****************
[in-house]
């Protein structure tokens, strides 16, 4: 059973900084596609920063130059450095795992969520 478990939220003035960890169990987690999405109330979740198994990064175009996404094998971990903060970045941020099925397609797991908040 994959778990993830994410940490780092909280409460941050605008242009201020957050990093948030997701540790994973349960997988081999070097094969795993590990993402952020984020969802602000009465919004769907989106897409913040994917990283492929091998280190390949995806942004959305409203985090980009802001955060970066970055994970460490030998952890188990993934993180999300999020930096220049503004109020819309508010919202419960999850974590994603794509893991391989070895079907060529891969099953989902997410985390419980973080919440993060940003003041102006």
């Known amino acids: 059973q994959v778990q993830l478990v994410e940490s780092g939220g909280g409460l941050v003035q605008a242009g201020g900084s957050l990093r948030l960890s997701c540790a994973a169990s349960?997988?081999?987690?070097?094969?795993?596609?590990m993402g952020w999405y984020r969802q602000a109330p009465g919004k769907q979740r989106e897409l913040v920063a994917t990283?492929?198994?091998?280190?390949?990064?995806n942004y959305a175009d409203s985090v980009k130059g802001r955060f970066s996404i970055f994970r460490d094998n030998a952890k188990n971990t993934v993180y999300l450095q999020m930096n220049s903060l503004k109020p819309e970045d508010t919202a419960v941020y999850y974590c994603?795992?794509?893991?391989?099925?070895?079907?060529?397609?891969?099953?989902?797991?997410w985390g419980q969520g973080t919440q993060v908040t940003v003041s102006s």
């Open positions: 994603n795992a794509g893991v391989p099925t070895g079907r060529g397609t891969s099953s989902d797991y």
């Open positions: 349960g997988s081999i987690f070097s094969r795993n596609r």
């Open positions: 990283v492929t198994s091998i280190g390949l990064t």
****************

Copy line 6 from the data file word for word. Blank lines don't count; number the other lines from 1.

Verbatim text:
């Open positions: 990283v492929t198994s091998i280190g390949l990064t």